History lesson! Alan Lomax!
Alan Lomax (1915-2002) was a folklorist, music historian and 'ethnomusicologist' who recorded thousands upon thousands of folk songs from the US, UK, Caribbean, and others. In the '40s he produced concerts, recordings, and radio shows showcasing practically every form of music, from klezmer to jazz to spoken word to pop, blues and pretty much any form of world folk music you can name. This man is nearly singlehandedly to thank for the preservation of thousands of local folk songs before such cultures became marginalized under the weight of the modern world, as well as the resurgence of interest in such folk music in the latter half of the 20th century.
This album, Prison Songs, are real recordings of prison work crews and chain gangs in the Southern United States from 1947. Mournful work chants, complete with shovel/pickaxe strikes keeping time.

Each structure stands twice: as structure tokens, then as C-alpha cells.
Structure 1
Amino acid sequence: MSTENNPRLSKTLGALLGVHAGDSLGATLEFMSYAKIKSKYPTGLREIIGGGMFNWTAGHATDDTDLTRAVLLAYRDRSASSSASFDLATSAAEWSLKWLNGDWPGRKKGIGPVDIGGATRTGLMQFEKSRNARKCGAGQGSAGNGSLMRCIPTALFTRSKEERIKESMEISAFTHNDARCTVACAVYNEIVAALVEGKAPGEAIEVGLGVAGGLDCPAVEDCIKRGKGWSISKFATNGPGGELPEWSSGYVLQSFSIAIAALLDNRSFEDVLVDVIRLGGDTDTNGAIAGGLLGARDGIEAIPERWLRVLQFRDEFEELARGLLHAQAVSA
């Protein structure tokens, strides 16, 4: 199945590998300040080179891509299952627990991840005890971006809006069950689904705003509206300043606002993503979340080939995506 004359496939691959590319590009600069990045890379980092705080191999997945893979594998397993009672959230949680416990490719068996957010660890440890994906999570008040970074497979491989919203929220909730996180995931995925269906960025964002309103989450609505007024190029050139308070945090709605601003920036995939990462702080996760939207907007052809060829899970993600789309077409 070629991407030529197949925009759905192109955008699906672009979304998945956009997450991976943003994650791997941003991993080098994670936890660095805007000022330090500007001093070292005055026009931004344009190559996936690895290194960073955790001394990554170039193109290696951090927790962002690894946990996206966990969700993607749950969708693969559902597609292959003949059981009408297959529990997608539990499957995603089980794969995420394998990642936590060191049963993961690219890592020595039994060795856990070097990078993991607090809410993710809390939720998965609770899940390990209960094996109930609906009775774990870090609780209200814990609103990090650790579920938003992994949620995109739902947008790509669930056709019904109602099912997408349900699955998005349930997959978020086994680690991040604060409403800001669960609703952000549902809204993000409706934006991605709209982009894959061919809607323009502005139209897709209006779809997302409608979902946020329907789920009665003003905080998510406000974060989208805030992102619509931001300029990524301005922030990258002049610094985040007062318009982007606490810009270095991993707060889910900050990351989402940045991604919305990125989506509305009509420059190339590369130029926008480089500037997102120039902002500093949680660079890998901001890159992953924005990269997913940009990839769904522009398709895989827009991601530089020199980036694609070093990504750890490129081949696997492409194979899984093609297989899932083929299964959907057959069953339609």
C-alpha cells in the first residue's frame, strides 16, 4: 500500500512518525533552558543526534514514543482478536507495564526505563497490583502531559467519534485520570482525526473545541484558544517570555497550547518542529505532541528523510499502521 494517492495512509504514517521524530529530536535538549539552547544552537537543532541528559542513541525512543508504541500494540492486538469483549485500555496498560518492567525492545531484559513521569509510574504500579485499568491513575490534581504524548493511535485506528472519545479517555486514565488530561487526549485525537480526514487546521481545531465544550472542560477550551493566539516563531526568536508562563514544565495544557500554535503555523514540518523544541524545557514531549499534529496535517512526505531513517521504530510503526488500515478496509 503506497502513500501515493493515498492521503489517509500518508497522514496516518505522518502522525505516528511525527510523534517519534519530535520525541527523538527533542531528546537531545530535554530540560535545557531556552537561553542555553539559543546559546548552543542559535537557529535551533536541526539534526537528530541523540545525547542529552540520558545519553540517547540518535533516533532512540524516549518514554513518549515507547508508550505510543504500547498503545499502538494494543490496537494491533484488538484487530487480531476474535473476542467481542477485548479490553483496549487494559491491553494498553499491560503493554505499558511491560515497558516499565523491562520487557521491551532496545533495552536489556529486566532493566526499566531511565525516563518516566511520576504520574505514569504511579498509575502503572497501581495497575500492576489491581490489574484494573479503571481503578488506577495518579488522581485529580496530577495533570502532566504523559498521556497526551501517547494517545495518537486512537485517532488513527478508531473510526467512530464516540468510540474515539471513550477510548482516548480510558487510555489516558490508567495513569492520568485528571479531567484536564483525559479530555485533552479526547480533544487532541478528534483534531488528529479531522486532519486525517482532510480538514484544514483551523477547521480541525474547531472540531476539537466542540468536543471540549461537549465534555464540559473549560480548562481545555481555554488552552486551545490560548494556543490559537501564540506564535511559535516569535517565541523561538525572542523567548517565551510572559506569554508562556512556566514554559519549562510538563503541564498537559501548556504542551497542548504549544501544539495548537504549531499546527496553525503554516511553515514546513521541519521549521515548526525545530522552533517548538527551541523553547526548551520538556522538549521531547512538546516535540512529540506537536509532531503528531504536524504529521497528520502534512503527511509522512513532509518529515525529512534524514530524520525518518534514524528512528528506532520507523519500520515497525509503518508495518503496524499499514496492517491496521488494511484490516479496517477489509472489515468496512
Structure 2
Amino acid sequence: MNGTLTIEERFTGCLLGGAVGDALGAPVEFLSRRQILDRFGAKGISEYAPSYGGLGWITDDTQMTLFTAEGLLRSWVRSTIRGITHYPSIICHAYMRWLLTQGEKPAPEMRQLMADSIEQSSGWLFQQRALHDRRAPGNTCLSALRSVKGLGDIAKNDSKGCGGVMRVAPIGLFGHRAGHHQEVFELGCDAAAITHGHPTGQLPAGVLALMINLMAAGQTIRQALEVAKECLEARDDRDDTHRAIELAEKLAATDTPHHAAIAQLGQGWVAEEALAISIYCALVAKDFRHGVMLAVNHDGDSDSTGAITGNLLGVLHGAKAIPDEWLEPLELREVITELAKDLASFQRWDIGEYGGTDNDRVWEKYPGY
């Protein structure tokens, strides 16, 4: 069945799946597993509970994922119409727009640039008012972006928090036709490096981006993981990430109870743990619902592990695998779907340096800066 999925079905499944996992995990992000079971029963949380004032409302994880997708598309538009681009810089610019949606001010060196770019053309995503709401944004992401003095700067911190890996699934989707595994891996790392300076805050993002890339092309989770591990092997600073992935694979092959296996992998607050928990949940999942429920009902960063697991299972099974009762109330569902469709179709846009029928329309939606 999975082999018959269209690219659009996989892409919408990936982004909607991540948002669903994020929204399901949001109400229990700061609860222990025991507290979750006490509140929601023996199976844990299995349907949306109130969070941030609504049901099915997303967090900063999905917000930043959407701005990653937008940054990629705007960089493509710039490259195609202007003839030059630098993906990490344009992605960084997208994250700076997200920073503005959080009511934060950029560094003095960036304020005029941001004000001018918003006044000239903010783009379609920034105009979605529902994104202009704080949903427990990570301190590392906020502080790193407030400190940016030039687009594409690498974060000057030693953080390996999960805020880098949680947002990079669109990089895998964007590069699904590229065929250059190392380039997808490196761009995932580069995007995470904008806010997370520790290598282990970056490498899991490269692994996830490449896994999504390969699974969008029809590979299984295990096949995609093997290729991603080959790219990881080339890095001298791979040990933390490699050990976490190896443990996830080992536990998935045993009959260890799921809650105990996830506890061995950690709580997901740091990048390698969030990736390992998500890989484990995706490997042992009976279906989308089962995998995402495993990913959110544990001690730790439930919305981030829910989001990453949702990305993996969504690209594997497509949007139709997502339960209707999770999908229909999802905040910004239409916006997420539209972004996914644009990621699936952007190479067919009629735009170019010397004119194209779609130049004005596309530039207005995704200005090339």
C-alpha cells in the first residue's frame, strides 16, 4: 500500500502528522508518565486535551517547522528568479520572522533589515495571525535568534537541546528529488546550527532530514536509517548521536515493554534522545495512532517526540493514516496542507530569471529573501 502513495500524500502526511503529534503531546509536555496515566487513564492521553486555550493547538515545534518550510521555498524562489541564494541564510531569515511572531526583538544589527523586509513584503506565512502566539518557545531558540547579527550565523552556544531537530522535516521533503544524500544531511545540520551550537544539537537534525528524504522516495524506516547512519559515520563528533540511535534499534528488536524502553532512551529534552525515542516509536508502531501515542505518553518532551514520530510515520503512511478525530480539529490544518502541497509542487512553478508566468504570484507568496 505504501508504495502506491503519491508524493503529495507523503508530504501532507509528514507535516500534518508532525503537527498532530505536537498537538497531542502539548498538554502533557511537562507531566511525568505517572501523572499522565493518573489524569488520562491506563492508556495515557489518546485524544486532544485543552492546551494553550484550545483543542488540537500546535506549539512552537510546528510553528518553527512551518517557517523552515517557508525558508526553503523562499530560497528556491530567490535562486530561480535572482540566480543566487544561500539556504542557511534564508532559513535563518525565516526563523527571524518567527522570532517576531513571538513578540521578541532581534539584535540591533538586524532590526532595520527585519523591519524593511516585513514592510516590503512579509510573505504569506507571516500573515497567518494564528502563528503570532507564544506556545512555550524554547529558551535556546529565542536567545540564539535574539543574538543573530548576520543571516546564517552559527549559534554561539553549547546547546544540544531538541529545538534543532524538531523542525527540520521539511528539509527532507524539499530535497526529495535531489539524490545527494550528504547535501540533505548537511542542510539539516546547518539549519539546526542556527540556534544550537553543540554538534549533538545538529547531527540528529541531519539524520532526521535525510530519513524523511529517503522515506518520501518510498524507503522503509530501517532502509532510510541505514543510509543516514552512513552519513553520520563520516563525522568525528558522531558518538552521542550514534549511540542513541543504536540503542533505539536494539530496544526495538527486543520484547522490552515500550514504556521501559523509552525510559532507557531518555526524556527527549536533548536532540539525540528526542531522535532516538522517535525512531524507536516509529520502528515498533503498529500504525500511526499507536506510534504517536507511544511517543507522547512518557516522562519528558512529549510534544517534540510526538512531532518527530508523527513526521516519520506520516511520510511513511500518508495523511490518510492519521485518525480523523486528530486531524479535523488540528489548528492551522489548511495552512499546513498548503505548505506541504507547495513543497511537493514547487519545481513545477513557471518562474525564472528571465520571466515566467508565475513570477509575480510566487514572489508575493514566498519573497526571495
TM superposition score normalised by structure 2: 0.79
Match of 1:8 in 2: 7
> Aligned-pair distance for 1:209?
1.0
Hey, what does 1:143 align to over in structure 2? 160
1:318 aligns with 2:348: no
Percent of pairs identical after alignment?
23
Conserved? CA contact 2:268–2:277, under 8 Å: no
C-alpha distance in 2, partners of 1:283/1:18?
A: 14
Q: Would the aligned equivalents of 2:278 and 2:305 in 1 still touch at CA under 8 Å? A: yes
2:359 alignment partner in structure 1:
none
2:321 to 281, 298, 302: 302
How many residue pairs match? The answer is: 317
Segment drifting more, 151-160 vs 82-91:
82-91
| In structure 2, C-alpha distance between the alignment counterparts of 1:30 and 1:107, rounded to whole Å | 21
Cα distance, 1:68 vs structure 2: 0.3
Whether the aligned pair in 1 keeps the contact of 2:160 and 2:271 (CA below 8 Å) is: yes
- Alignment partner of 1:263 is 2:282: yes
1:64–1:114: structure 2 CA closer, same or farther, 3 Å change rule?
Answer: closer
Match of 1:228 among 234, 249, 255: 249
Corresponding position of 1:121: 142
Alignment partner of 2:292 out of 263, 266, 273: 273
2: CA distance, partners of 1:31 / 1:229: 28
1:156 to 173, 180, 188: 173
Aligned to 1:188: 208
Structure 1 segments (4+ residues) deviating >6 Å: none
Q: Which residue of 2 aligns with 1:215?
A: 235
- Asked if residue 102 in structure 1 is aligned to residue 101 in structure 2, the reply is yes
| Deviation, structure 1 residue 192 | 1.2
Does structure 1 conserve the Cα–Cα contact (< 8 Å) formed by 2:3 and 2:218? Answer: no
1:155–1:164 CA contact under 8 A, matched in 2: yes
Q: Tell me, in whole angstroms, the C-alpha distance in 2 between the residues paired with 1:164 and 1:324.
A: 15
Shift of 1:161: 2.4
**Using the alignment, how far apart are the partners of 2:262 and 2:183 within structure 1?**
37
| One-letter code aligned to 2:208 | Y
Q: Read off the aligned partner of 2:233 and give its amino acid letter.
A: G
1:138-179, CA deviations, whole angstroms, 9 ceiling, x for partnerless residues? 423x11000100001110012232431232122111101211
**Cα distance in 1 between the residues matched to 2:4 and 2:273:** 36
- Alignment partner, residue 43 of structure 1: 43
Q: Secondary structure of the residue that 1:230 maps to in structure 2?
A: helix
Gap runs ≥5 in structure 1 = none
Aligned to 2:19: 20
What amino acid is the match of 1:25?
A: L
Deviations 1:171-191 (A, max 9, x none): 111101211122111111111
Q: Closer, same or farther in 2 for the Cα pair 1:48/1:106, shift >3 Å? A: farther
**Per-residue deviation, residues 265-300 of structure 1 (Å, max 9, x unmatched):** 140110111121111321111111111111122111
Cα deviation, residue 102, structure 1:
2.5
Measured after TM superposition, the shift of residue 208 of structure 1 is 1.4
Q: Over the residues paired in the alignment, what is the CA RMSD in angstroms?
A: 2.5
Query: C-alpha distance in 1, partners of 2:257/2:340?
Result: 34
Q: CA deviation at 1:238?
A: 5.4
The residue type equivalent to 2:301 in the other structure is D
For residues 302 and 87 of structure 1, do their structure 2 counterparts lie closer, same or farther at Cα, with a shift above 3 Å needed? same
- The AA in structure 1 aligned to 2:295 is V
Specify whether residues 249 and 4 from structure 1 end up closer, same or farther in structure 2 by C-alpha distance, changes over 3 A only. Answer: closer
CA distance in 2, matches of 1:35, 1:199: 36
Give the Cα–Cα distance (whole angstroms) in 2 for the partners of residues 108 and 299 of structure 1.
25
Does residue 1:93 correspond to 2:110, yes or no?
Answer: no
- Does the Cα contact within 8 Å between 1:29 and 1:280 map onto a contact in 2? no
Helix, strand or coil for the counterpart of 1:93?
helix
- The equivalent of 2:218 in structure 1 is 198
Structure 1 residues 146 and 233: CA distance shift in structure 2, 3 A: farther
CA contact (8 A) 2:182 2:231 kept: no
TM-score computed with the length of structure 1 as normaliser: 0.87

"These songs belong to the musical tradition which Africans brought to the New World, but they are also as American as the Mississippi River. They were born out of the very rock and earth of this country, as black hands broke the soil, moved, reformed it, and rivers of stinging sweat poured upon the land under the blazing heat of Southern skies, and are mounted upon the passion that this struggle with nature brought forth. They tell us the story of the slave gang, the sharecropper system, the lawless work camp, the chain gang, the pen." --Alan LomaxSome of these songs were also used in O Brother, Where Art Thou?
I cannot stress enough how much you should be downloading this right now. It's important. Listen to it. This is music.